New York's MTA releases train-locating app for iPhone and iPod touch

Posted:
in General Discussion edited January 2014
The Metropolitan Transit Authority on Friday released an iOS app that will let riders of seven train lines plan their trips to the minute, a first for the largest subway system in the U.S.

MTA Subway Time


The official MTA Subway Time app uses train location data to provide iPhone and iPod touch owners with up-to-the-minute arrival times for seven of the system's 24 lines.

According to The New York Times, the MTA spent 11 years and over $228 million to install digital train-tracking sensors and relevant equipment required to serve up real-time location data. The iOS app taps into the system and feeds commuters with arrival times, though the service is available mostly aboveground as cellular extension networks planned for underground stations have yet to be completed. A large portion of the subway's train location sensors date back fifty years, just before the proliferation of microprocessors and digital communications.

Among the first lines to get support for the new free service are Nos. 1 through 6 and the 42nd Street Shuttle. Two more lines, the L line between Brooklyn and Manhattan's 14th Street and the No. 7 line between Queens and Midtown Manhattan, are currently being upgraded to be compatible with the new system. Updates to the L line are expected to be completed in six months to a year, while the No. 7 won't be ready until at least 2016.

According to the app's description, users will also be notified of service delays and reroutes prior to fare payment, a useful tool for on-the-go commuters.

Android and Windows Phone versions of the app are in the works, but unlike the iOS app, those will be built by third-party companies. The agency is also allowing developers access to the sensor data feeds, allowing app makers to build real-time tracking programs with more robust features than those offered by the official app.

MTA Subway Time for iOS is available now as a free download through the App Store.
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Comments

  • Reply 1 of 37
    That'll increase the crime rate!
  • Reply 2 of 37


    Originally Posted by PhilBoogie View Post

    That'll increase the crime rate!


     


    Finding trains but not iPhones… 


     


    Maybe New York City should ban subways.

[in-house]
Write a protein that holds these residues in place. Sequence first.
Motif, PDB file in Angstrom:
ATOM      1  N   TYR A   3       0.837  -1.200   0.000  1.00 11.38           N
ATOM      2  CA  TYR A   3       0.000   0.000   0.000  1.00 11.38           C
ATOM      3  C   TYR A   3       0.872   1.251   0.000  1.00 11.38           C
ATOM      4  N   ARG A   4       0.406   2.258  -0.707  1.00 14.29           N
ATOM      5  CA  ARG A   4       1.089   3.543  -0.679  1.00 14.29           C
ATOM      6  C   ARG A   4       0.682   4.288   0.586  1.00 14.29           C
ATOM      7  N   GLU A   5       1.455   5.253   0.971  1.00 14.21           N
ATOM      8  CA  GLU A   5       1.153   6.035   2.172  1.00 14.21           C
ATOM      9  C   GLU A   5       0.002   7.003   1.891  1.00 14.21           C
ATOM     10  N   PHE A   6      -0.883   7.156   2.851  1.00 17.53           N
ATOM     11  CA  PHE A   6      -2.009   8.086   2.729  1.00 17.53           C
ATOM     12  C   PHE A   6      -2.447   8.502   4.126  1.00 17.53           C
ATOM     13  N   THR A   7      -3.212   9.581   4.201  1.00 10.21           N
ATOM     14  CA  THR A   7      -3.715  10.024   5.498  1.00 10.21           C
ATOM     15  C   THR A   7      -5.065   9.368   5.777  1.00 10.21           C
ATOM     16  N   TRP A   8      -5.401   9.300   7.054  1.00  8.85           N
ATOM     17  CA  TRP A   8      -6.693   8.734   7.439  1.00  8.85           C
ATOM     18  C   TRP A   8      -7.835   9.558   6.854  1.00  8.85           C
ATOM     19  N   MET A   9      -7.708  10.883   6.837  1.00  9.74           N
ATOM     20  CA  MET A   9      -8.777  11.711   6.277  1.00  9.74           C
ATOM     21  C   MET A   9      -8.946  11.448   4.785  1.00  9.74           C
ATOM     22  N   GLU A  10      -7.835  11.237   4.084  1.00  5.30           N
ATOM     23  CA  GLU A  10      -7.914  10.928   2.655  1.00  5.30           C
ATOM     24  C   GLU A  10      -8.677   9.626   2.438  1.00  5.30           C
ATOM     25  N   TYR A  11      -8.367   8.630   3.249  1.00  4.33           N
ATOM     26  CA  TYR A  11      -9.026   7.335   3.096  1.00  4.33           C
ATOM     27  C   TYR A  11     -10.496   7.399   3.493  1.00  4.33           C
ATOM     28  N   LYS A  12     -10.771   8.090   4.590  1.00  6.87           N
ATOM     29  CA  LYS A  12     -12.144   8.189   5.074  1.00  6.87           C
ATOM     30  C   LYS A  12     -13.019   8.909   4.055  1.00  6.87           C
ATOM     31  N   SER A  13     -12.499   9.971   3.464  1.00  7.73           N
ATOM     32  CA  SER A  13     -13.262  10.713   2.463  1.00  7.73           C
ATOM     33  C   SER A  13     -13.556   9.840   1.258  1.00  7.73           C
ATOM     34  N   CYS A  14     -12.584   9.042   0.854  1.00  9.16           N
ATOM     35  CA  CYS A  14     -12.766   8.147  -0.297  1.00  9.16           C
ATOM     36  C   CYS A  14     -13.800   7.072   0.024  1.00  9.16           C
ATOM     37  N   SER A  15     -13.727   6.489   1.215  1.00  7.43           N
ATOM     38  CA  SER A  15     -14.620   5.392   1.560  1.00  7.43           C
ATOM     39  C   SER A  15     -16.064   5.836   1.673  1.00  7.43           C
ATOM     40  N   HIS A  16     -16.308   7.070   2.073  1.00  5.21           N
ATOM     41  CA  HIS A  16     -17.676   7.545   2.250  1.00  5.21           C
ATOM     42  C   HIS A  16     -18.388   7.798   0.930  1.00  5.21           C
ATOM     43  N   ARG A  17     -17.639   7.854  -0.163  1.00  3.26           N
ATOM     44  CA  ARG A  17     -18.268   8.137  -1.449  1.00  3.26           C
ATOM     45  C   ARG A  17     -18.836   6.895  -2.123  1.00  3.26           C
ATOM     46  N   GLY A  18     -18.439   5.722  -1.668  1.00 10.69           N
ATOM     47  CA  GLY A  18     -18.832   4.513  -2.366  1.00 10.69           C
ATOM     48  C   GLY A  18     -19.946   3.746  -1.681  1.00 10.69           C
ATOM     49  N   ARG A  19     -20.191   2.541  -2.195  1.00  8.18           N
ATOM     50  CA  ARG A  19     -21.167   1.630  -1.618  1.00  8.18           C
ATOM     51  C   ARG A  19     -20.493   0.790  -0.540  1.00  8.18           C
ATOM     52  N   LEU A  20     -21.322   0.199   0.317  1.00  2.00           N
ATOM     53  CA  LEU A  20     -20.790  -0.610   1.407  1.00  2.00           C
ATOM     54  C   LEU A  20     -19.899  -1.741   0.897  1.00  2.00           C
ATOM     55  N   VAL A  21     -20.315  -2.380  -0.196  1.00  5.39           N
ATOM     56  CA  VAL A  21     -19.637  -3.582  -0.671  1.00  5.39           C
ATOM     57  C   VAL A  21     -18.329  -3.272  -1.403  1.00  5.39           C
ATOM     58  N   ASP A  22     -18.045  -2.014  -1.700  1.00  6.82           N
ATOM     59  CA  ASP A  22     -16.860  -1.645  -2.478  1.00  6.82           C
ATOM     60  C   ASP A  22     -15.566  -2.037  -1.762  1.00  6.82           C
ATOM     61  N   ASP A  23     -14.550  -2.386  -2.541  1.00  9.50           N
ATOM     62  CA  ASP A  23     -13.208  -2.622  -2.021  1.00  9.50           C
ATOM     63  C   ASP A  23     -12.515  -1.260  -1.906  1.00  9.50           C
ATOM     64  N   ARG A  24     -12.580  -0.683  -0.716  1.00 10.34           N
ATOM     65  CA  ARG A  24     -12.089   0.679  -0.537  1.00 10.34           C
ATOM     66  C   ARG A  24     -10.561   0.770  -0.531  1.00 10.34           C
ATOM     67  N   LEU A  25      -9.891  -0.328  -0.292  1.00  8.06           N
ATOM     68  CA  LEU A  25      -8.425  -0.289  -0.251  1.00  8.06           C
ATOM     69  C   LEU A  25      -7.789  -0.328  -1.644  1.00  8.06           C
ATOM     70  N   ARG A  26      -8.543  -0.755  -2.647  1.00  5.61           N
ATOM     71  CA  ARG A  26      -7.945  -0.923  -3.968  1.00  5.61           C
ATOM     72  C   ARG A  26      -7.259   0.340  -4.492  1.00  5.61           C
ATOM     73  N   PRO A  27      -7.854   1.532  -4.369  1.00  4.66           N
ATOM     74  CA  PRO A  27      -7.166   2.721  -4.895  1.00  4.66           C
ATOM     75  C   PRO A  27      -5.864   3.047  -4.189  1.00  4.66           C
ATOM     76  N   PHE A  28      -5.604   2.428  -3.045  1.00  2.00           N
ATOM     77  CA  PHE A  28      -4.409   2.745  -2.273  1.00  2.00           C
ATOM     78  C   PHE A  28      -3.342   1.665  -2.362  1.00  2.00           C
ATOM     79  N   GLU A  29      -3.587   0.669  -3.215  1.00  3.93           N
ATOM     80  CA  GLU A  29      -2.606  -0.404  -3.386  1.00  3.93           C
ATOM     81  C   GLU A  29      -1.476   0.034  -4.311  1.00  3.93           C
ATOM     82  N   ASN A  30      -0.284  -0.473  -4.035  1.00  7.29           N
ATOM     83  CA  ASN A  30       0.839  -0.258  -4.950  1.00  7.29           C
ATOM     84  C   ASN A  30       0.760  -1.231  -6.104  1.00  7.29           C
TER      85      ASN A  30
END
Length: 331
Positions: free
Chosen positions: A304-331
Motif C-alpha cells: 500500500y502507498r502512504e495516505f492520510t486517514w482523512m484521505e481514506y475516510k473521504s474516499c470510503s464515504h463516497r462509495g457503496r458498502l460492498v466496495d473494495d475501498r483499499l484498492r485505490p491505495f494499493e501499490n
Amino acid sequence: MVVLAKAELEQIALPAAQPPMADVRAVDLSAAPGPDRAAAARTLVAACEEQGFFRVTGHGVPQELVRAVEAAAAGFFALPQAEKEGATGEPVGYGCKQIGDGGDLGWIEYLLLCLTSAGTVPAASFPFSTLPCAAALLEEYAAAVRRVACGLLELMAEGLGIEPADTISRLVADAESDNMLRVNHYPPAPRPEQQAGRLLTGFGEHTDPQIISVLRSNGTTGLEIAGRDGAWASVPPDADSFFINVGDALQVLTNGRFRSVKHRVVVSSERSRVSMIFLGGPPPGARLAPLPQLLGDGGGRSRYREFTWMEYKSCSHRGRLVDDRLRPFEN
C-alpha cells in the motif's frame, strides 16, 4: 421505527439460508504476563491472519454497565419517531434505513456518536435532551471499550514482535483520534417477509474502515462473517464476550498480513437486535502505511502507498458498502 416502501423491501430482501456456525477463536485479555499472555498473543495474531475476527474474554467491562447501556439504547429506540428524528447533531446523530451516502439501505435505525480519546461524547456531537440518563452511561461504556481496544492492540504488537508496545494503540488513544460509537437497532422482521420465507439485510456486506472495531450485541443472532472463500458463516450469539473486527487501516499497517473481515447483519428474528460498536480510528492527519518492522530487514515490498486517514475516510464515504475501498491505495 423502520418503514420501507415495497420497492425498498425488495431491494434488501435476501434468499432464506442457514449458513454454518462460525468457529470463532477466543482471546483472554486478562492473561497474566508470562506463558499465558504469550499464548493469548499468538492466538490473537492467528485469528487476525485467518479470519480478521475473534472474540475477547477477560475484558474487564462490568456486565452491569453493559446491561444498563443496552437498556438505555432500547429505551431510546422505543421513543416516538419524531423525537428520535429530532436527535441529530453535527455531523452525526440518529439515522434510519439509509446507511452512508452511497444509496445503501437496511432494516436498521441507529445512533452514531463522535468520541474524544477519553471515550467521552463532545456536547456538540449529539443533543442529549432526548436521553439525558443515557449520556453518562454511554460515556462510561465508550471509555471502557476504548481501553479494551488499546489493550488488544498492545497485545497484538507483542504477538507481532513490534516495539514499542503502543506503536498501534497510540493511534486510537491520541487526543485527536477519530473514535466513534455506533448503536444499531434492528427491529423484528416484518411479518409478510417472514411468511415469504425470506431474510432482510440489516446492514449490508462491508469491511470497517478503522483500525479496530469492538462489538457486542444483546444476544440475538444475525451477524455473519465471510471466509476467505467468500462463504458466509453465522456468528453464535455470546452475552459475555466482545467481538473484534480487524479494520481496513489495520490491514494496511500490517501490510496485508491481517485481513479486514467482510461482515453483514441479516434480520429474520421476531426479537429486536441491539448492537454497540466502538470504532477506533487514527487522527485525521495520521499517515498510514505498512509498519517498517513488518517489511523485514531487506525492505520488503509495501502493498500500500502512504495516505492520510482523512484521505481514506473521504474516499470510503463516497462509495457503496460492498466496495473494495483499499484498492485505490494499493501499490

• Reply 3 of 37


    Thought this was commonplace! There's loads of apps like that for the London Underground, and has been for some time.

  • Reply 4 of 37
    And a lovely design and GUI typical of the MTA. Those floating 2's, messing up the line height on screen 3 is painful
  • Reply 5 of 37
    Well it might increase the crime rate because more people will be referring to the subway schedule on their phone - which would otherwise be in their pocket and not in front of the eyes of would be criminals.
  • Reply 6 of 37

    Quote:

    Originally Posted by Euphonious View Post


    Thought this was commonplace! There's loads of apps like that for the London Underground, and has been for some time.



     


    I don't know about the London Underground, but there are a number of other apps that provide NYC Subway information, including schedules. The difference with this one is that it give arrival times based on tracking the actual positions of the trains in the tunnels, not from the schedules which are notoriously inaccurate. The lines they've included this data for already have signs on the platforms that give the same arrival time information, so it's not really that big a deal that there's no cell service on the platforms. You just have to look up, not down at your phone. It's also a relatively small subset of lines that they are providing this information for.


     


    It is interesting that they are going to allow 3rd parties access to the data.

  • Reply 7 of 37

    Quote:

    Originally Posted by Tallest Skil View Post


     


    Finding trains but not iPhones… 


     


    Maybe New York City should ban subways.



     


    Bloomberg doesn't run the MTA.

  • Reply 8 of 37
    Yet a few hours ago they blamed the Apple for NYC crime rate?? What is wrong with these people??
  • Reply 9 of 37


    There have been apps that do this (real time countdown information) for the London Underground (and, infact, the entire UK wide national railway network) and the San Francisco BART system for ages. What's taken New York so long?

  • Reply 10 of 37
    jakebjakeb Posts: 557member
    Nyc subway is one of the only systems that runs 24 hours a day. There's a lot less time for big overhauls when you don't shut down between midnight and 6.
  • Reply 11 of 37
    sr2012sr2012 Posts: 896member